June 22, 2010

Privacy Seals - How Useful Are They?

Recently, I've been considering whether to get a privacy seal for my start-up.  A privacy seal (which is a species of a trust seal) is a certification offered by a private company that essentially confirms that a website's privacy policies and other documents/features after testing your privacy policies comply with US law, EU safe harbor, COPPA, etc.

Of course, the first thing to consider (putting on my business hat) is how much does it cost and what is the return?

For a young start-up, the cost of a basic seal (certifying just the privacy policy) is around $1000.  Then, if you start adding services (dispute resolution with customers), certification of Safe Harbor compliance or certification on other features (emails, applications), the cost goes up and can quickly reach $5,000.

In fact, the pricing model of most of the (very few) companies offering privacy seals is based on the amount of revenue generated by the website - the higher the revenues, the higher the cost.  So, if a company has revenues of, let's say, $5 million - the cost of the certification will be about $10,000.  So, relatively speaking, it is not so expensive.

Legal Value.
The seal is just a nice stamp on the website and does not have any specific legal value.  It may represent a good marketing tool, but before starting to pay money for the certification I would consider many different things to assess the potential return.  Moreover, it is important to consider the quality of the company making the certification.

Recently, certification company ControlScan was the subject of charges brought by the FTC for misleading consumers regarding the significance of a ControlScan certification seal.  Theoretically, the companies who used ControlScan certifications could also be subject to suits over this issue.  Obviously, no one is interested in buying a litigation risk.  So, before shelling out the money for a certification, it is advisable to double-check the company doing the certification.

Best Practices.
A good reason to consider having a privacy seal is that many of the major Internet companies have it.  It may be especially helpful to have such a seal in the area of privacy law (where the interpretation is not always straightforward and enforcement is uncertain).  It is always a good idea to be in line with the best practices in the industry.  Theoretically, this could provide a defense against some kinds of litigation.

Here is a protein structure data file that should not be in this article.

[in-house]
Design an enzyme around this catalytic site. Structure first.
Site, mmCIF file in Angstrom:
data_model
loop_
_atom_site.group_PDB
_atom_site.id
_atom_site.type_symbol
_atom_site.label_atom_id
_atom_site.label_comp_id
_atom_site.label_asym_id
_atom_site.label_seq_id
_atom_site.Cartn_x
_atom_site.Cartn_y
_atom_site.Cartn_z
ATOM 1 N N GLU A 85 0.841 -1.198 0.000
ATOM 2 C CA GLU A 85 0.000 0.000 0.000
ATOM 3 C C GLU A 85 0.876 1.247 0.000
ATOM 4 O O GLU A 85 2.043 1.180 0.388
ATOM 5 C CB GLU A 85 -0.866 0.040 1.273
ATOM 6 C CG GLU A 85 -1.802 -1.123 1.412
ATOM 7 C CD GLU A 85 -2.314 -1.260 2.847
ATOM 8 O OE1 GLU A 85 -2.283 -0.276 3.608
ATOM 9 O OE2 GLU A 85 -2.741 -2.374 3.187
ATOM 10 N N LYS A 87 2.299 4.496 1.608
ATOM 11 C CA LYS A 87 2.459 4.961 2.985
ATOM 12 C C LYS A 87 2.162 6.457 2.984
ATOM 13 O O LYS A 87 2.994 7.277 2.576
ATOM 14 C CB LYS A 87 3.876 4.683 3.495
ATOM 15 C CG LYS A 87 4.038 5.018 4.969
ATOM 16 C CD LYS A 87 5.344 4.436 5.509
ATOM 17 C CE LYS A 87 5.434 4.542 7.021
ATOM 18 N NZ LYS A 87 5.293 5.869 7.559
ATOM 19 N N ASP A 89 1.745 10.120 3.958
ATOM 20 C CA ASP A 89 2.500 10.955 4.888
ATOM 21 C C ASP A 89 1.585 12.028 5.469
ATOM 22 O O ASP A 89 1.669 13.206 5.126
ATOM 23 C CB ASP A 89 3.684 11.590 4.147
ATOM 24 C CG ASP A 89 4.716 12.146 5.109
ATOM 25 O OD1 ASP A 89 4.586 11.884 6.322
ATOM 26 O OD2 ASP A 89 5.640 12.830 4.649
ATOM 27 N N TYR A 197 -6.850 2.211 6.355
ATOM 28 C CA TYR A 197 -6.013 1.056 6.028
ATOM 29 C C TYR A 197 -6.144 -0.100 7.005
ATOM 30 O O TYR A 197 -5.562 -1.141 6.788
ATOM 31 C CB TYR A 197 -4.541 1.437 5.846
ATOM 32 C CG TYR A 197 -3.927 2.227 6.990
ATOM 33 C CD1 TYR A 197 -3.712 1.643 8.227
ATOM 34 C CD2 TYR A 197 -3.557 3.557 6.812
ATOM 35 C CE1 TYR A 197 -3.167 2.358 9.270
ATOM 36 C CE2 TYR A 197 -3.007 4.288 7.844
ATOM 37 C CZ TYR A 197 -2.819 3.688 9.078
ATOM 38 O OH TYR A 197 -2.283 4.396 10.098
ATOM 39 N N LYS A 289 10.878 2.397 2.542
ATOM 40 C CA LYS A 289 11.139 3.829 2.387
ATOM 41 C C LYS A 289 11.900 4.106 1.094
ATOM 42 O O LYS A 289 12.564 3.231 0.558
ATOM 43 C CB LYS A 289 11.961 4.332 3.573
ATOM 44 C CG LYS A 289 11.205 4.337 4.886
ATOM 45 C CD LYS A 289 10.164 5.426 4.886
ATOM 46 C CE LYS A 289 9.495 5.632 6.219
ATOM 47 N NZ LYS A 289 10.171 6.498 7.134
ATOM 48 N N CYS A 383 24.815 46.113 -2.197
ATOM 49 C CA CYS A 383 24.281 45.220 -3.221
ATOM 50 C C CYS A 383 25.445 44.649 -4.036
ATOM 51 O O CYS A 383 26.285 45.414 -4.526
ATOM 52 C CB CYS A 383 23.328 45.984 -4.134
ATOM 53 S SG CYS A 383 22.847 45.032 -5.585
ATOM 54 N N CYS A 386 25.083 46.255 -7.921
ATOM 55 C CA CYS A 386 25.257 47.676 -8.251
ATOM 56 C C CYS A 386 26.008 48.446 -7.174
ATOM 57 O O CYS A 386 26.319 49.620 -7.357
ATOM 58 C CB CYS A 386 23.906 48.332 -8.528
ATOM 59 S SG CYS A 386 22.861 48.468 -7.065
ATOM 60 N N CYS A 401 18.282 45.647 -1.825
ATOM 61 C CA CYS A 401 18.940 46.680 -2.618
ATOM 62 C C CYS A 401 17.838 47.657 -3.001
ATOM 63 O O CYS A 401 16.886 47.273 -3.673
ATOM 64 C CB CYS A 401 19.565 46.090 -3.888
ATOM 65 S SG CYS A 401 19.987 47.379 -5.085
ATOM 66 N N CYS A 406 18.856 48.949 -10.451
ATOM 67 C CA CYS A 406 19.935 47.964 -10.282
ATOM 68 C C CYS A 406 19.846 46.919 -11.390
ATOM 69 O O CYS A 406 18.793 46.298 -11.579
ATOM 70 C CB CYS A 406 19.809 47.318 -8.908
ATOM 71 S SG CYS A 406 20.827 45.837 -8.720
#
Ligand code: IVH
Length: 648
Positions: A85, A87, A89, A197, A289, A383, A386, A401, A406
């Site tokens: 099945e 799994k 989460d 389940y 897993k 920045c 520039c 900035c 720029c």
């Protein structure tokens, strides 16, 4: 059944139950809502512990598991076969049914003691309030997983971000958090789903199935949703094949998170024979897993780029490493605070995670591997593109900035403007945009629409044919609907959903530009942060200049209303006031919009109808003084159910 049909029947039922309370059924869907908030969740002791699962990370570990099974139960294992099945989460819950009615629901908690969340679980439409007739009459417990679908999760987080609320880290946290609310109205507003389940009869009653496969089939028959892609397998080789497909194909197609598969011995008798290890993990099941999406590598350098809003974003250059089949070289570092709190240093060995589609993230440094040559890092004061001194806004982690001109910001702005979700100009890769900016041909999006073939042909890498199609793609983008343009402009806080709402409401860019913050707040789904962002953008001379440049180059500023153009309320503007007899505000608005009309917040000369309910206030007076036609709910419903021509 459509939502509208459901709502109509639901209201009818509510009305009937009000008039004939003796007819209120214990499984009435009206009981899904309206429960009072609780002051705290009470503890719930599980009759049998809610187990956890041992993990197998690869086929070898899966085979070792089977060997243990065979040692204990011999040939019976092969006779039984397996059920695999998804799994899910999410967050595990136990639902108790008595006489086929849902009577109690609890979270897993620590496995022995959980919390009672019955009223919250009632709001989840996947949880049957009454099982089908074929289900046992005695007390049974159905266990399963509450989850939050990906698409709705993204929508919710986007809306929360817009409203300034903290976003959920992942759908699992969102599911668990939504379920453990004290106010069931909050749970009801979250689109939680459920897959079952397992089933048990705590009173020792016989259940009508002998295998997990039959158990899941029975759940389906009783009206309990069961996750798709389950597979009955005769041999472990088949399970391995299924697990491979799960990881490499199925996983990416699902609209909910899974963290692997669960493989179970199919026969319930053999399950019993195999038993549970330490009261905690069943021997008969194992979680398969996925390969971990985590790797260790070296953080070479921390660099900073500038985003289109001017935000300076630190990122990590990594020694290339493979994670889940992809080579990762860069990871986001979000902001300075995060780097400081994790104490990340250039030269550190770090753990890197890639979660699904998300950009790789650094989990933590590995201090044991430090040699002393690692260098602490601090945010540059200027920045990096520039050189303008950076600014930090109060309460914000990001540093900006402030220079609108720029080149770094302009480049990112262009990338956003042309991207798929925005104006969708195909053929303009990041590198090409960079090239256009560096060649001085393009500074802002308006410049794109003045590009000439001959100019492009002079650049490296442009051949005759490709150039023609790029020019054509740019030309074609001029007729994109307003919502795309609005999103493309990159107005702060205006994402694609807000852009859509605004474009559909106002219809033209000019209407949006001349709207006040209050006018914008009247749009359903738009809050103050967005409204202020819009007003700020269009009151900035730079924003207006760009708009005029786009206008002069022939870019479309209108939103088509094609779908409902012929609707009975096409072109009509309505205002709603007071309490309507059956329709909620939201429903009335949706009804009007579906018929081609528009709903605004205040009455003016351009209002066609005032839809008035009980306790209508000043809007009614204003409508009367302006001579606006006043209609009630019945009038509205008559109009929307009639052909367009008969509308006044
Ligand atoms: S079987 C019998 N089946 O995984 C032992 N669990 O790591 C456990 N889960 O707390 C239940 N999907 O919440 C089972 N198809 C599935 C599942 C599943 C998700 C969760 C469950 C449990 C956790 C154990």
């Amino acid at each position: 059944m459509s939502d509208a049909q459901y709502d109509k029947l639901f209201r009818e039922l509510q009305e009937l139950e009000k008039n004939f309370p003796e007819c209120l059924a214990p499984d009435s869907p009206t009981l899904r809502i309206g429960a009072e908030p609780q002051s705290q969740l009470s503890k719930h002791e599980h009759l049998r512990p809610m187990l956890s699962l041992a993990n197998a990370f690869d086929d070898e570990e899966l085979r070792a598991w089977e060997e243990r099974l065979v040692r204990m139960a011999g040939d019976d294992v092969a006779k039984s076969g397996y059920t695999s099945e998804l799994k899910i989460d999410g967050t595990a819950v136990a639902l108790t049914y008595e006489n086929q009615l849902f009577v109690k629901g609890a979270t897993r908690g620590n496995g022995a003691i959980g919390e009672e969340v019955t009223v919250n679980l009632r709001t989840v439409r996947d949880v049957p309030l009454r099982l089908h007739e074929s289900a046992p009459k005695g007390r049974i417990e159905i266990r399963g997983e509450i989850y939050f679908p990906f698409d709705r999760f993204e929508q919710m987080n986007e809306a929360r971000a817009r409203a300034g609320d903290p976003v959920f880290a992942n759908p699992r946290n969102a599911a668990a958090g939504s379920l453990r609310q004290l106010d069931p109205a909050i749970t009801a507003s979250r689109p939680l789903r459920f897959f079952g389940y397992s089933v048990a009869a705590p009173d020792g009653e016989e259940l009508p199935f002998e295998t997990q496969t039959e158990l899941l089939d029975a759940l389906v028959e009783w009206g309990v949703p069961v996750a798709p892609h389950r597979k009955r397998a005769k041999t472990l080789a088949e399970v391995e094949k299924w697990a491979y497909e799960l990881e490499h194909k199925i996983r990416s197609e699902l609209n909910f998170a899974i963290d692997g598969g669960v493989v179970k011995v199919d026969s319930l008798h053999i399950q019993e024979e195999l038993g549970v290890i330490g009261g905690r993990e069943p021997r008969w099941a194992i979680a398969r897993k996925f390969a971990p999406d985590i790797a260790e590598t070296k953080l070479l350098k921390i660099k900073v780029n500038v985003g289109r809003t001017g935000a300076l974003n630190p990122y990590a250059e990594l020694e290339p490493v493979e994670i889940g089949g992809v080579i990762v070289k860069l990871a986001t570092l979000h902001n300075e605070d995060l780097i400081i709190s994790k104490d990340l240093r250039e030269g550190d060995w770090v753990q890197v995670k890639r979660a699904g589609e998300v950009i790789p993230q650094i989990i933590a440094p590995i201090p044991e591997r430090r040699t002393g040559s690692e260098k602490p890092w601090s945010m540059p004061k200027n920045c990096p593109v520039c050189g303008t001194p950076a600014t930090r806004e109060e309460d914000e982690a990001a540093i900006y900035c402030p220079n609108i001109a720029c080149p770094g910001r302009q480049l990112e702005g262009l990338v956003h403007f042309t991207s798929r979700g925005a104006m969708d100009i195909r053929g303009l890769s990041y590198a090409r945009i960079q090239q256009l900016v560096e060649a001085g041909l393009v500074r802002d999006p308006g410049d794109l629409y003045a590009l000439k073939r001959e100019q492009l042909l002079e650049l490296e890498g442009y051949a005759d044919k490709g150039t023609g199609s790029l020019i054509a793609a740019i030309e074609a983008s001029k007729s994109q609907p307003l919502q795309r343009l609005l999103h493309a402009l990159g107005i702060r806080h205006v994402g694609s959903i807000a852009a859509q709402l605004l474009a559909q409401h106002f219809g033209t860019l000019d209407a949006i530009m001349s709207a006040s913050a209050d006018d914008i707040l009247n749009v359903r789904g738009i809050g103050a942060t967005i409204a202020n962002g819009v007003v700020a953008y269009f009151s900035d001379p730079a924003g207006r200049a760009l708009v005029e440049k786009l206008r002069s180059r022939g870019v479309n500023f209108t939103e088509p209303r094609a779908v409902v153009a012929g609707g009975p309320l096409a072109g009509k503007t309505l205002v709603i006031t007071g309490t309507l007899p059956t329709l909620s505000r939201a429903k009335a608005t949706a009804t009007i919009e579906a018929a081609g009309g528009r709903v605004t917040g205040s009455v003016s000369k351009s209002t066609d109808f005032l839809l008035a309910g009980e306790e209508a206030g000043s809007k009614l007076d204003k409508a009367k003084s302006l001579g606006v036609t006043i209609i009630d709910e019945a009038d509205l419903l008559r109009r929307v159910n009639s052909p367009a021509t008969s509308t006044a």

Of course, improving the website reputation and bolstering users' trust is a revenue driver... yet, before getting too excited, I think it is necessary to consider the specific nature of the services offered by the site and the dynamic of the user base.  For instance, I believe the seal may be more important for an e-commerce site and less important for an search engine or a general portal.

Also, it is very important to understand the meaning/reputation that the privacy seal may have in the specific users' community.  For instance, I believe that certain seals may be more reputable than others in certain jurisdictions while, in some communities, the seals (and privacy issues in general) may not have sufficient relevance to justify the expense.

Additionally, some services may use other tools to enhance users' trust and consumer reliance.  For instance, in B2B services, the reputation of the company and the existence of a close relationship very likely supersede the value of a third party seal.

My call.
For my start-up, I think it is not worth the money. The nature of the service provided, the business model, and the close relationship with users weigh against getting a privacy seal.

On the other hand, moving forward as revenues increase, the cost of the seal may become marginal and it might not hurt to get it.

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